Where does the rubber worn off tyres go?

01 August 2013



If tyres wear on roads and roads wear with traffic, where does all this stuff go?


Chris - But first, just a ball park estimate for you two, what weight of rubber do you think gets worn out on the road every year around the world?

Dave - It must be a kilo or two per car per year. So, in the UK, that's sort of 20 million kilos or about 20,000 tons or so off the top of my head.

Chris - Well, when this question came in, I was just playing with the numbers. So, I looked up how many cars do we think there are on the roads and in 2011, they announce they think, alongside the 7 billionth person, there were 1 billion cars on the world's roads. So, if you assume that each of those has got 4 wheels, so there are 4 billion tyres. So, how much tread is on a tyre? So I said, okay, if you imagine that a tyre is about 3 metres in circumference and let's make a really ball park estimate. Let's pretend it's 10 centimetres wide, so pretty narrow, but some are going to be bigger, some are going to be smaller, all the numbers will come out in the wash. Let's assume the tread is a centimetre deep to make the maths easy. That means that the thickness of tread on your average tire must be 3,000 cubic centimetres because I'm multiplying 3 metres, 300 centimetres by 10. So that in other words, it's 3 litres of rubber on a tyre. So, on all the cars in the world, that must be 4 billion tyres times 3 litres, that's 12 billion litres of rubber. If we assume that a rubber tyre wears out in a year, which in some cases, with a bit of hard driving it's going to, then you could be rubbing 12 million cubic metres of rubber onto the roads around the world every year, which is quite a lot, isn't it? So, then I looked up the density of rubber. It's 1200 kilograms per meter cubed which means that there are 14.4 million tonnes of rubber being rubbed off on roads all the way around the world every year. That's extraordinary, isn't it?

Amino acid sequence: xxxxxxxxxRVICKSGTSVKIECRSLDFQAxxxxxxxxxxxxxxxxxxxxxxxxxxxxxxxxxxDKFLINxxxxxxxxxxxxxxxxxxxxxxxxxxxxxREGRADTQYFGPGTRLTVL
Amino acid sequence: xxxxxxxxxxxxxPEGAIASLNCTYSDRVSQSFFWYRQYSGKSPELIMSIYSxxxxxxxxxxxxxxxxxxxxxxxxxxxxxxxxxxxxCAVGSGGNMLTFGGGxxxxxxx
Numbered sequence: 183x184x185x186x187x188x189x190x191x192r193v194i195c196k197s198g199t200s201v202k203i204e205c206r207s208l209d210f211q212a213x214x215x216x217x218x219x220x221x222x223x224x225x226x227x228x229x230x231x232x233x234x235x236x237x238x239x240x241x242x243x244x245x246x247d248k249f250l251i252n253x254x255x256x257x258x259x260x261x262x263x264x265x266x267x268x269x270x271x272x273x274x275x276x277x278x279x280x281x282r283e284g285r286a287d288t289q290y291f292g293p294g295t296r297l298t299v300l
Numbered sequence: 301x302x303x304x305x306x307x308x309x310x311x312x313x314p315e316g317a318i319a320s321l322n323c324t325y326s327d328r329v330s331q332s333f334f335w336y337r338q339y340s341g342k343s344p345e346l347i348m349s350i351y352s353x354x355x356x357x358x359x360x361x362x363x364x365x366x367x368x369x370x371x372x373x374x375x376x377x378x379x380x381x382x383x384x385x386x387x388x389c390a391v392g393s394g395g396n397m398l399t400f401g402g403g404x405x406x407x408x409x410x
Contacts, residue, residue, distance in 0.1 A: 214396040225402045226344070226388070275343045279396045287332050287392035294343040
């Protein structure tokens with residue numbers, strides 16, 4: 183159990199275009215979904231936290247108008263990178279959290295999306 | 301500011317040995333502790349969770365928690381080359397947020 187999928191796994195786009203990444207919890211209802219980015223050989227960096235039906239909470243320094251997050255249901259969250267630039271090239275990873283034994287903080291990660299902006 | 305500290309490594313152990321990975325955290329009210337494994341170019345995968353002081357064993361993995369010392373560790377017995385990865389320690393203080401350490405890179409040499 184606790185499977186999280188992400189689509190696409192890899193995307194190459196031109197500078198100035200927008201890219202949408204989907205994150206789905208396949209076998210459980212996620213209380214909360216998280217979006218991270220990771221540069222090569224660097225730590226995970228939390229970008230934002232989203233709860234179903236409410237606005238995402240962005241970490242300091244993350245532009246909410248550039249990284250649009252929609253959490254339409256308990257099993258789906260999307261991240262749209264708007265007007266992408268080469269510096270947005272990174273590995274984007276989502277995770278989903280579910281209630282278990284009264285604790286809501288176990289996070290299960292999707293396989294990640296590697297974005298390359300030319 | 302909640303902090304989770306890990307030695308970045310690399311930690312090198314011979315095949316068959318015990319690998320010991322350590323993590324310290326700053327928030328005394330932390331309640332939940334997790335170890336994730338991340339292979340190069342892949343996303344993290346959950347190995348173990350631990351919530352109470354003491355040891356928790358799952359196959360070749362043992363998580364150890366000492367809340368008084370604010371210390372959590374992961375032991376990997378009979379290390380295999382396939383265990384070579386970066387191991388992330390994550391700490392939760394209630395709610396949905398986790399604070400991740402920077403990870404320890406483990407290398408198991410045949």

Dave - You can see it on my bike tyres, if you cycle a lot and everything gets covered in a black gunk which I think is mostly tyre.

Ian Burgess - If you live in a city and you have your windows open, you find a black grimy powdery mess inside your windows, particularly in summer because that's when people have their windows open of course, and those little drop bits of powder are actually ground up tyres and bits of road tar.

Chris - So, in other words, there's 14.4 million tons of rubber littering people's living rooms, and the air, all breathing that in. What about the road surface Dave because that's the other point of 'I live in hope's' tweet? Where does all this stuff go? I mean, Ian is saying that the roads and the tyre goes in your windows, but presumably, same place up in the air, we breath it in?

Dave - I guess most of it gets washed into the rivers. It either gets washed directly into rivers or gets caught in rain and gets pushed back down through the drains.

Ian Burgess - Through the drains and front gardens and so on.

Dave - I think it's quite a pollution problem near big motorways and things.


The reason there are no piles of rubber collecting alongside roads is that there are microbes in the environment that consume the rubber.

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